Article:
Prior to 1995, local law enforcement had the ability to regulate towing businesses by enacting ordinances that governed their activities as to price, route and service. This was accomplished by imposing local permit requirement’s, that made it a misdemeanor offense to operate a towing business within a local municipality without a permit issued by that municipality, or to violate other regulatory provisions of the ordinance. Each state is different and one should review the local ordinances for confirmation.

In 1995, the Federal Aviation Administration Authorization Act (FAAA) was enacted which effectively deregulated the motor carrier transport industry by preempting local government from imposing a permit scheme via local ordinance to regulate motor carriers, which included tow trucks. Large motor carrier transport business were successful in lobbying for this federal law claiming they were over regulated by having to obtain a permit in each city in which they conduct business across the United States.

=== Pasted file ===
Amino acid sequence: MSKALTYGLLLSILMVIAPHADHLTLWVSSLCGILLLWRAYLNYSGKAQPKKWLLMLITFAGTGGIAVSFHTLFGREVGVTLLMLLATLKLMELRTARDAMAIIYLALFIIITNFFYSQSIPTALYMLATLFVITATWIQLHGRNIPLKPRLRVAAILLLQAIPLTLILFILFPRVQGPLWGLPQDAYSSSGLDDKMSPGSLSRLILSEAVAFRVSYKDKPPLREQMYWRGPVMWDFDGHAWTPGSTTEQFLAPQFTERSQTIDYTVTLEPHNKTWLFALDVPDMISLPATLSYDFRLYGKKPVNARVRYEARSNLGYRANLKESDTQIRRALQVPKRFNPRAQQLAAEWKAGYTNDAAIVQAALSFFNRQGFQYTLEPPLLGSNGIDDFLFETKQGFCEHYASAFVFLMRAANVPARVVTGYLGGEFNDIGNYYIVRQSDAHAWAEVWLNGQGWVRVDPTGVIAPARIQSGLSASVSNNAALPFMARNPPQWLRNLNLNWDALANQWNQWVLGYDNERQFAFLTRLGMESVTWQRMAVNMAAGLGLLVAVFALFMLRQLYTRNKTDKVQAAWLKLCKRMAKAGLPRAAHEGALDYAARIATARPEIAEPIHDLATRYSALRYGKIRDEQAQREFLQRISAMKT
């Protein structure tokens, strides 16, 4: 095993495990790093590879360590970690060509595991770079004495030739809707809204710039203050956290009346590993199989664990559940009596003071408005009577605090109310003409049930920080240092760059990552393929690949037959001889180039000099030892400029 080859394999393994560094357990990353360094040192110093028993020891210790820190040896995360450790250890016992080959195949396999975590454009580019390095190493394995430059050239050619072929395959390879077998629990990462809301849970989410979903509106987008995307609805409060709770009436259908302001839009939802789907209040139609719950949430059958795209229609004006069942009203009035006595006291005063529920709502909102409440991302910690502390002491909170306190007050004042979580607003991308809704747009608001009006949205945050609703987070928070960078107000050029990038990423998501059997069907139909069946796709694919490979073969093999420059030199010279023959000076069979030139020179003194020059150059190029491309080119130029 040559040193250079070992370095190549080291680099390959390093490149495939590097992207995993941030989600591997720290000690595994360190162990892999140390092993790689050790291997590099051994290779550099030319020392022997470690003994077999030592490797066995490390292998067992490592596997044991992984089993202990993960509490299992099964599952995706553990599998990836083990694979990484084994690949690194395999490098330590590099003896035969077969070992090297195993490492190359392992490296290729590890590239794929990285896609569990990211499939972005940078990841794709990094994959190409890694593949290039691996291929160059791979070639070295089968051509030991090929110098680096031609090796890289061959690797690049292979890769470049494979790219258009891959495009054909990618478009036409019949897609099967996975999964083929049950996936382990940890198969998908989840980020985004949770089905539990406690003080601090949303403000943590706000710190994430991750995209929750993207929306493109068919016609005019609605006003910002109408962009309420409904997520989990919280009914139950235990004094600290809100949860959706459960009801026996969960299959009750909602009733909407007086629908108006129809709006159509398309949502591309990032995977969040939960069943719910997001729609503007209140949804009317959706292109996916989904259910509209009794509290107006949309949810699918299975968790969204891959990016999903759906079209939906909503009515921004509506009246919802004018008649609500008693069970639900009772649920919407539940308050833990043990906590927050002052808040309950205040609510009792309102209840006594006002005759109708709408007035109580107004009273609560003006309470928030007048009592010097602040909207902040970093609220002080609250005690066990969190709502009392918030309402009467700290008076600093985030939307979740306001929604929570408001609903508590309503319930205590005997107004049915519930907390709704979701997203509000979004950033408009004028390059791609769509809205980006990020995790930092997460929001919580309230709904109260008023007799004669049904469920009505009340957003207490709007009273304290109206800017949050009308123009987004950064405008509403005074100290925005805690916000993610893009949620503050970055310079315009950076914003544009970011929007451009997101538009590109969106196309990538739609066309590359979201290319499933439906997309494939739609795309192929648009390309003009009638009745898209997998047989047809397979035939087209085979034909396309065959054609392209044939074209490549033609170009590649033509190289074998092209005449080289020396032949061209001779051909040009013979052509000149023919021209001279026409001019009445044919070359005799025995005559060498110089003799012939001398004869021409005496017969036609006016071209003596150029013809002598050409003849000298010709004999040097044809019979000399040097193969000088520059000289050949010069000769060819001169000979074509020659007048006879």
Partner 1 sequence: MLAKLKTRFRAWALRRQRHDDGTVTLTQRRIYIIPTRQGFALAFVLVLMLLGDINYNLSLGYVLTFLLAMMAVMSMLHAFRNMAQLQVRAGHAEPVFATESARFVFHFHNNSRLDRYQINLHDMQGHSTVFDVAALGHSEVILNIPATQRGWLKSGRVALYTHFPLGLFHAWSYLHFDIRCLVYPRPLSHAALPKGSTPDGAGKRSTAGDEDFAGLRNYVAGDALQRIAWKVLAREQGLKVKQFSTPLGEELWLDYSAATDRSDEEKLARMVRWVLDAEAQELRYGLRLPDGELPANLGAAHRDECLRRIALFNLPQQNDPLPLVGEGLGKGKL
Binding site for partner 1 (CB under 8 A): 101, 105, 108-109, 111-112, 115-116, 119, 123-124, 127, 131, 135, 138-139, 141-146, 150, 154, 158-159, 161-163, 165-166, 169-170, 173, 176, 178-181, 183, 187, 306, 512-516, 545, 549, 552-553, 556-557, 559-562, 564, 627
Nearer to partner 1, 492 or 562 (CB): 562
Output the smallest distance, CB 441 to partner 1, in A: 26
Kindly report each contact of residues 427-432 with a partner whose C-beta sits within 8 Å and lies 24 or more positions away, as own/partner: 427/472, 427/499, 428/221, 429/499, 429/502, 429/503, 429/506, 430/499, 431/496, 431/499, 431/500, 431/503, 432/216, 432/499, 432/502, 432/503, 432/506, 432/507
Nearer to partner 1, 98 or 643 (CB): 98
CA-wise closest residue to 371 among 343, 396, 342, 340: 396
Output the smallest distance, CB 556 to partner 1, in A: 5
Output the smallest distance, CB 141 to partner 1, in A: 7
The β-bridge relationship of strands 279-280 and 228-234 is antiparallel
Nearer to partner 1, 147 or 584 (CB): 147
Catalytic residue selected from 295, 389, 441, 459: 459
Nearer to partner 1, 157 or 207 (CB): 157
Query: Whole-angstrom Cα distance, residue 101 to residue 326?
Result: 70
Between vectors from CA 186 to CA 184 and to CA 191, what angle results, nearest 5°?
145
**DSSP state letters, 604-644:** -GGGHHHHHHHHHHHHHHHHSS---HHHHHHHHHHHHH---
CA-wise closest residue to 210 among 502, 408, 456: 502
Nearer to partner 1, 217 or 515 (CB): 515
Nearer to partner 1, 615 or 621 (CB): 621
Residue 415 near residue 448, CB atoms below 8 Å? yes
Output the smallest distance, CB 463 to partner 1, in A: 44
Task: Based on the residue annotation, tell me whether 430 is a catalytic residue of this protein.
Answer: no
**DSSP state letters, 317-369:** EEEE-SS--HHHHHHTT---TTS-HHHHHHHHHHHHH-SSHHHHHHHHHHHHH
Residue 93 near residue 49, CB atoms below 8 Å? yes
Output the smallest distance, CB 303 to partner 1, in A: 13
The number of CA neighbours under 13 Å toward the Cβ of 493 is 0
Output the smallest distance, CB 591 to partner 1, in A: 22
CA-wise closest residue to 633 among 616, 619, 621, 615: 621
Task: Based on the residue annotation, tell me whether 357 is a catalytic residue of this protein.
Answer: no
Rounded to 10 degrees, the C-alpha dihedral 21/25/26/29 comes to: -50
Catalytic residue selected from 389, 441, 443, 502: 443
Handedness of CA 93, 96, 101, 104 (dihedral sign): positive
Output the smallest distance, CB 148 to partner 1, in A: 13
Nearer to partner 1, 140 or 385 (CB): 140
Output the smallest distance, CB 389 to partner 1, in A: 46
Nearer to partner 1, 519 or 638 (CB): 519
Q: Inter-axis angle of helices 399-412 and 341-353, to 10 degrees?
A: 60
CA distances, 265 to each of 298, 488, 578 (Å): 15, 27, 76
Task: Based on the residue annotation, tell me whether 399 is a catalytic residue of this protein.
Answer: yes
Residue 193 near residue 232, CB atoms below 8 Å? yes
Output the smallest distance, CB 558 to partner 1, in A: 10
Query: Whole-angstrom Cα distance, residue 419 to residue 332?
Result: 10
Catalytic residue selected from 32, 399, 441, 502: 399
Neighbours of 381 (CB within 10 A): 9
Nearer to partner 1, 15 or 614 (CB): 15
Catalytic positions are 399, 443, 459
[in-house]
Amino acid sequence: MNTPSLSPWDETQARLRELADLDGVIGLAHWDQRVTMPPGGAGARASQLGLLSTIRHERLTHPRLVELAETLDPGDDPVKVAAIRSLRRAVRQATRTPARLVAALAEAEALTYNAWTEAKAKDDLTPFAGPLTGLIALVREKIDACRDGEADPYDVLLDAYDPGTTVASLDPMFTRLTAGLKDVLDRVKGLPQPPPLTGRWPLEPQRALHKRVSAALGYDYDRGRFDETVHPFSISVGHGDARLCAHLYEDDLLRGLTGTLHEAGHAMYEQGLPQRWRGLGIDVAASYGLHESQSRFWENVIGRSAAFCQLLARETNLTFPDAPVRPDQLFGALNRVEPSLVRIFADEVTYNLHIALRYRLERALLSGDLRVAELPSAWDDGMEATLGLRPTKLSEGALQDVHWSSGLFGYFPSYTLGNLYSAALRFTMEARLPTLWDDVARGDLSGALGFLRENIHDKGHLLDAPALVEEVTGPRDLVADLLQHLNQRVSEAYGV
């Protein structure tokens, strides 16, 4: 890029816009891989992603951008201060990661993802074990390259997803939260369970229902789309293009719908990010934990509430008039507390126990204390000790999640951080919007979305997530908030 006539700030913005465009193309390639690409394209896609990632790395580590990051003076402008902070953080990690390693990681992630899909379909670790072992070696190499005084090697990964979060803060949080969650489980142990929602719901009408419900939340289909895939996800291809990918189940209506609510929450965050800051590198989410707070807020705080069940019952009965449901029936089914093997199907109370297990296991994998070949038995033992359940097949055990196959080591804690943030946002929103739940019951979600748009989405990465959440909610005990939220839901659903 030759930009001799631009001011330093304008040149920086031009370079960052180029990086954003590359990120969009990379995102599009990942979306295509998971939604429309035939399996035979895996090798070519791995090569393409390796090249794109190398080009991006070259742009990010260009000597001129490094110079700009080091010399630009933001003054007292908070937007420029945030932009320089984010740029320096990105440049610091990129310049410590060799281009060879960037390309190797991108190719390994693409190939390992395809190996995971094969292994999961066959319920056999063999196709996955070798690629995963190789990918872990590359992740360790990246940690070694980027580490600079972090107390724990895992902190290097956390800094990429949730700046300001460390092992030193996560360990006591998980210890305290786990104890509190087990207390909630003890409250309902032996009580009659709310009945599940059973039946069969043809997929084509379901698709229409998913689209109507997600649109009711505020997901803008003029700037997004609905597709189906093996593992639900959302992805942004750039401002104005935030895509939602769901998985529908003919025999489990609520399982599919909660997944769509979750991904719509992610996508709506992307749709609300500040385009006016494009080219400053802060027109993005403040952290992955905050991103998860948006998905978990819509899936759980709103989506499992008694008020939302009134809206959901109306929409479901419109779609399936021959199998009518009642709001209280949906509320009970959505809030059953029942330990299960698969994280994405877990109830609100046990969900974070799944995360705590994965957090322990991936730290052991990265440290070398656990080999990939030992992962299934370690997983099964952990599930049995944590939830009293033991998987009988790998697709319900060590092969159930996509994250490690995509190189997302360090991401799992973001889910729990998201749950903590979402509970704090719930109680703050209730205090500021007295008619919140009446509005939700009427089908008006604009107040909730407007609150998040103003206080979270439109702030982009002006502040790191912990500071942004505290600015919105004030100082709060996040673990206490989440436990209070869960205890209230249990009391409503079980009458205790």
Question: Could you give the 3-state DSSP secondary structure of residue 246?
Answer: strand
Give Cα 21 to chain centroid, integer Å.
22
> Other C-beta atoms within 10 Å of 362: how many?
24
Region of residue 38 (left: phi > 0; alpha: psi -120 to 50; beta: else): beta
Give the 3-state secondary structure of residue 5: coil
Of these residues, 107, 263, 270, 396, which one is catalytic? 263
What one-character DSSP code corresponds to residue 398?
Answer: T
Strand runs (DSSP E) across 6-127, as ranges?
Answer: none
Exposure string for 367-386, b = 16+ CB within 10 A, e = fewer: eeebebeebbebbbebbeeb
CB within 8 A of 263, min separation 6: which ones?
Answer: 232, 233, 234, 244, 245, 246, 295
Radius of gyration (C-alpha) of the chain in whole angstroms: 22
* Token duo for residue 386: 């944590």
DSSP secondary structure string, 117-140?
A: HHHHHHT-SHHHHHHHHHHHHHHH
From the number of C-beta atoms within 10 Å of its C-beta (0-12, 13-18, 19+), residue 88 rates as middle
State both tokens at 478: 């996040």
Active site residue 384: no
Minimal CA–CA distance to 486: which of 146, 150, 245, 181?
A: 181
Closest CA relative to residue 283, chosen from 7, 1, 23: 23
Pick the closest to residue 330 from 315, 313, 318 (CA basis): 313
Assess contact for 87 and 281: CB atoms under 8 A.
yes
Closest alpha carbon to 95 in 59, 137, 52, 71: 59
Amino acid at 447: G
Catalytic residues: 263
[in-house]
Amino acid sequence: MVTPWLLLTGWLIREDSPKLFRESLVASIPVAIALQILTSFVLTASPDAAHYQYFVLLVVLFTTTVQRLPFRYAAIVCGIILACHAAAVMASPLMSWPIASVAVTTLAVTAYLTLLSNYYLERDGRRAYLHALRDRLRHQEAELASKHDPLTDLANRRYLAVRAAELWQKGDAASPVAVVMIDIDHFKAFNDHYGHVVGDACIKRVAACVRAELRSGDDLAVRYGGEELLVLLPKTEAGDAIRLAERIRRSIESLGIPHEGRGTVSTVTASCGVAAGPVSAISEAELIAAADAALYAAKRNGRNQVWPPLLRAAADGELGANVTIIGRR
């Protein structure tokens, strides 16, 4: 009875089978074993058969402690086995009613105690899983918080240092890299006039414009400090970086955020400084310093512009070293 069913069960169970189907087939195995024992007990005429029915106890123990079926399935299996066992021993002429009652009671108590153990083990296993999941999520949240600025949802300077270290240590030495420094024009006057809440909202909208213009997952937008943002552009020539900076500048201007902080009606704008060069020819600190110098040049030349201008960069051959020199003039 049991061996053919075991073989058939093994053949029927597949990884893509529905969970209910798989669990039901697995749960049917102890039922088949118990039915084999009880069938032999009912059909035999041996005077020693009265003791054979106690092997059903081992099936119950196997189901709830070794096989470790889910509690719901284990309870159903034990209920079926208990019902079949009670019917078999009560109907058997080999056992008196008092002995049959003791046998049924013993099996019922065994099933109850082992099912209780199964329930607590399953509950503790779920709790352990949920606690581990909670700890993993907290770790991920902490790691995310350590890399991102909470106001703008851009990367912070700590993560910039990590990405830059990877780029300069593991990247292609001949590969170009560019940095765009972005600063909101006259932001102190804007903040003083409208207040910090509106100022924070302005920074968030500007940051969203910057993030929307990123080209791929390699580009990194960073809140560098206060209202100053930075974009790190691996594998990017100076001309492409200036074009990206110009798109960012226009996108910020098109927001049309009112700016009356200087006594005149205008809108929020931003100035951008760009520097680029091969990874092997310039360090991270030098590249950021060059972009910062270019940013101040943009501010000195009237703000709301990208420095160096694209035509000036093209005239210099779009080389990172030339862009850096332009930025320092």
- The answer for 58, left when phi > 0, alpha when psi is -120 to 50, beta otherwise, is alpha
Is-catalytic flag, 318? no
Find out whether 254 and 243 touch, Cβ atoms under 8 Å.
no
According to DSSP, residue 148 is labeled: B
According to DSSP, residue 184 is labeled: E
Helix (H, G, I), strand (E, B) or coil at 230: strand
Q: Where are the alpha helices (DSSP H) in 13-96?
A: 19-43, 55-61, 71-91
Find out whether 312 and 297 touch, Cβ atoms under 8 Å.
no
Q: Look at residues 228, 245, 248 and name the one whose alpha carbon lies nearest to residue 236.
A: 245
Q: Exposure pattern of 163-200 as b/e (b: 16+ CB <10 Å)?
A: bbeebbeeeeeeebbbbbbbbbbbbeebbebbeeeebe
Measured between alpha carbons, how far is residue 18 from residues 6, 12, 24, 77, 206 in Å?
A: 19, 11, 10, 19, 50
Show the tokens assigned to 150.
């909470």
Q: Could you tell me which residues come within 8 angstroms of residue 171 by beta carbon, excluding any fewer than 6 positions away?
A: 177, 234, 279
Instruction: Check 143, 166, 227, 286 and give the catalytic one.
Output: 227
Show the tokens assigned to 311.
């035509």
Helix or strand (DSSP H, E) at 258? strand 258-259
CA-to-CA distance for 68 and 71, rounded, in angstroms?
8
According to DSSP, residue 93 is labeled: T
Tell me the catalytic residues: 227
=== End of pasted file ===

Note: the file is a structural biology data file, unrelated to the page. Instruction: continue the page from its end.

Most of the complaints investigated by local authorities are after the incident has occurred, when the victim’s vehicle has been towed and is stored in a tow yard for an inflated rate. Authorities must then determine through an investigation if the towing company was authorized to remove the vehicle. Determining who authorized an impound, if anyone, and was that person a legal representative of the property owner is critical as to whether or not the codes were (Taking a vehicle without an owner’s consent) was violated.